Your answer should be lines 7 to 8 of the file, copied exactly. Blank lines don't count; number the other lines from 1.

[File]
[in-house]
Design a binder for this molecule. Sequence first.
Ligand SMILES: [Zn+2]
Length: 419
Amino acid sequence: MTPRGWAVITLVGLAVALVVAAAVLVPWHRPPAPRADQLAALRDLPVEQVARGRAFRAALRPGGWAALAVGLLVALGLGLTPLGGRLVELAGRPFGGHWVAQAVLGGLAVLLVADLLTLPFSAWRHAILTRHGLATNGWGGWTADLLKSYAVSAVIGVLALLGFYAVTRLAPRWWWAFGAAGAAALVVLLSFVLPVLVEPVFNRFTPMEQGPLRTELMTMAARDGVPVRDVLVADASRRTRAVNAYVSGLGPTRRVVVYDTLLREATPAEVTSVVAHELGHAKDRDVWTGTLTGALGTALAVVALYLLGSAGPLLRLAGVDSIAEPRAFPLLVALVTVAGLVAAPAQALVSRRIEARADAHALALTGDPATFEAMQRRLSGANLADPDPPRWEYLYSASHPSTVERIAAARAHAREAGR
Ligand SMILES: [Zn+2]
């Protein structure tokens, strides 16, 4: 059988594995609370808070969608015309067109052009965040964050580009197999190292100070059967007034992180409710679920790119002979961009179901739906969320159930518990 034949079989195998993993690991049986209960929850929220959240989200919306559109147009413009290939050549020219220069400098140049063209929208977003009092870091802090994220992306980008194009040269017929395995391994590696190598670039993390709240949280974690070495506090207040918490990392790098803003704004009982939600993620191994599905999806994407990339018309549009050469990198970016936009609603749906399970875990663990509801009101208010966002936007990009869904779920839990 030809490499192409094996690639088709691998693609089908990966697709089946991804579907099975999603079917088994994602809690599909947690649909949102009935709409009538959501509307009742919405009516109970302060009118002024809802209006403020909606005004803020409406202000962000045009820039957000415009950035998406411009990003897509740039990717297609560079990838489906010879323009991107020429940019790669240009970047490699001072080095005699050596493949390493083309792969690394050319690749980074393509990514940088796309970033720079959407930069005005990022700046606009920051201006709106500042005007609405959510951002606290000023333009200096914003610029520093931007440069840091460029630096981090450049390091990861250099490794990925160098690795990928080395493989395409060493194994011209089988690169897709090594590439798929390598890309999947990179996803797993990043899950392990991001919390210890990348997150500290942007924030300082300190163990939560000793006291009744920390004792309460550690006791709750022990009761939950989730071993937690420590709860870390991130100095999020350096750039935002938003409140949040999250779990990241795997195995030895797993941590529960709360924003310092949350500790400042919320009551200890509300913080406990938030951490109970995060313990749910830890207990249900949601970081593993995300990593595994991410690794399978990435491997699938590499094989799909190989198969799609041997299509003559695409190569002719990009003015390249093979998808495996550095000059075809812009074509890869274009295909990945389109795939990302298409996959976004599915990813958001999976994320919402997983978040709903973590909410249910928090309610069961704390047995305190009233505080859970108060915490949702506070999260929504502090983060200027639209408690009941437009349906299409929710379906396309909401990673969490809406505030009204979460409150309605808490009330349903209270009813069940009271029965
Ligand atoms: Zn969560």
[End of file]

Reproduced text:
């Protein structure tokens, strides 16, 4: 059988594995609370808070969608015309067109052009965040964050580009197999190292100070059967007034992180409710679920790119002979961009179901739906969320159930518990 034949079989195998993993690991049986209960929850929220959240989200919306559109147009413009290939050549020219220069400098140049063209929208977003009092870091802090994220992306980008194009040269017929395995391994590696190598670039993390709240949280974690070495506090207040918490990392790098803003704004009982939600993620191994599905999806994407990339018309549009050469990198970016936009609603749906399970875990663990509801009101208010966002936007990009869904779920839990 030809490499192409094996690639088709691998693609089908990966697709089946991804579907099975999603079917088994994602809690599909947690649909949102009935709409009538959501509307009742919405009516109970302060009118002024809802209006403020909606005004803020409406202000962000045009820039957000415009950035998406411009990003897509740039990717297609560079990838489906010879323009991107020429940019790669240009970047490699001072080095005699050596493949390493083309792969690394050319690749980074393509990514940088796309970033720079959407930069005005990022700046606009920051201006709106500042005007609405959510951002606290000023333009200096914003610029520093931007440069840091460029630096981090450049390091990861250099490794990925160098690795990928080395493989395409060493194994011209089988690169897709090594590439798929390598890309999947990179996803797993990043899950392990991001919390210890990348997150500290942007924030300082300190163990939560000793006291009744920390004792309460550690006791709750022990009761939950989730071993937690420590709860870390991130100095999020350096750039935002938003409140949040999250779990990241795997195995030895797993941590529960709360924003310092949350500790400042919320009551200890509300913080406990938030951490109970995060313990749910830890207990249900949601970081593993995300990593595994991410690794399978990435491997699938590499094989799909190989198969799609041997299509003559695409190569002719990009003015390249093979998808495996550095000059075809812009074509890869274009295909990945389109795939990302298409996959976004599915990813958001999976994320919402997983978040709903973590909410249910928090309610069961704390047995305190009233505080859970108060915490949702506070999260929504502090983060200027639209408690009941437009349906299409929710379906396309909401990673969490809406505030009204979460409150309605808490009330349903209270009813069940009271029965
Ligand atoms: Zn969560």